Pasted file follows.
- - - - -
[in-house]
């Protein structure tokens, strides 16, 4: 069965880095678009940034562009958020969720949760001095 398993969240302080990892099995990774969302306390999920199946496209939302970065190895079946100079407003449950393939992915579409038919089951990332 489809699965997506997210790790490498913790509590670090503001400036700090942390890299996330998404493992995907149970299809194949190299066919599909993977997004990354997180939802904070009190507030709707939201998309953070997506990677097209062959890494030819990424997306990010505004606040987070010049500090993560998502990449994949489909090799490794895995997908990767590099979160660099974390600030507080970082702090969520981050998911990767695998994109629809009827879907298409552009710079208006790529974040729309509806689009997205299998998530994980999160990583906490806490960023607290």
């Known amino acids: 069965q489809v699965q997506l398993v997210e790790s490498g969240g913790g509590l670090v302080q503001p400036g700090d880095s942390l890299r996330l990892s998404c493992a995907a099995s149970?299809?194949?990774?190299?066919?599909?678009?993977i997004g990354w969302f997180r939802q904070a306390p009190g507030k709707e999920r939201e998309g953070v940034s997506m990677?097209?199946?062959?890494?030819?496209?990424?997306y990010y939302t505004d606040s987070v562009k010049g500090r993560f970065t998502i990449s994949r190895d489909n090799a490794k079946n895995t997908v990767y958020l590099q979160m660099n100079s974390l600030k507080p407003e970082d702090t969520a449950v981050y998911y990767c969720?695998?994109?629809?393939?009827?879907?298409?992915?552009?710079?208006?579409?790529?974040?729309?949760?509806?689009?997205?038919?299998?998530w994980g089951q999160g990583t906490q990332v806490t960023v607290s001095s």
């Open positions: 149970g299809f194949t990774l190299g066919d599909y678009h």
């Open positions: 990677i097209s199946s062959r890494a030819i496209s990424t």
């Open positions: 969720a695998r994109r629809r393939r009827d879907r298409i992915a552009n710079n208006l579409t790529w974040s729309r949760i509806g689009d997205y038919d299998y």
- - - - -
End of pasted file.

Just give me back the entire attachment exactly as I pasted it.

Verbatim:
[in-house]
């Protein structure tokens, strides 16, 4: 069965880095678009940034562009958020969720949760001095 398993969240302080990892099995990774969302306390999920199946496209939302970065190895079946100079407003449950393939992915579409038919089951990332 489809699965997506997210790790490498913790509590670090503001400036700090942390890299996330998404493992995907149970299809194949190299066919599909993977997004990354997180939802904070009190507030709707939201998309953070997506990677097209062959890494030819990424997306990010505004606040987070010049500090993560998502990449994949489909090799490794895995997908990767590099979160660099974390600030507080970082702090969520981050998911990767695998994109629809009827879907298409552009710079208006790529974040729309509806689009997205299998998530994980999160990583906490806490960023607290």
């Known amino acids: 069965q489809v699965q997506l398993v997210e790790s490498g969240g913790g509590l670090v302080q503001p400036g700090d880095s942390l890299r996330l990892s998404c493992a995907a099995s149970?299809?194949?990774?190299?066919?599909?678009?993977i997004g990354w969302f997180r939802q904070a306390p009190g507030k709707e999920r939201e998309g953070v940034s997506m990677?097209?199946?062959?890494?030819?496209?990424?997306y990010y939302t505004d606040s987070v562009k010049g500090r993560f970065t998502i990449s994949r190895d489909n090799a490794k079946n895995t997908v990767y958020l590099q979160m660099n100079s974390l600030k507080p407003e970082d702090t969520a449950v981050y998911y990767c969720?695998?994109?629809?393939?009827?879907?298409?992915?552009?710079?208006?579409?790529?974040?729309?949760?509806?689009?997205?038919?299998?998530w994980g089951q999160g990583t906490q990332v806490t960023v607290s001095s």
């Open positions: 149970g299809f194949t990774l190299g066919d599909y678009h």
């Open positions: 990677i097209s199946s062959r890494a030819i496209s990424t």
């Open positions: 969720a695998r994109r629809r393939r009827d879907r298409i992915a552009n710079n208006l579409t790529w974040s729309r949760i509806g689009d997205y038919d299998y």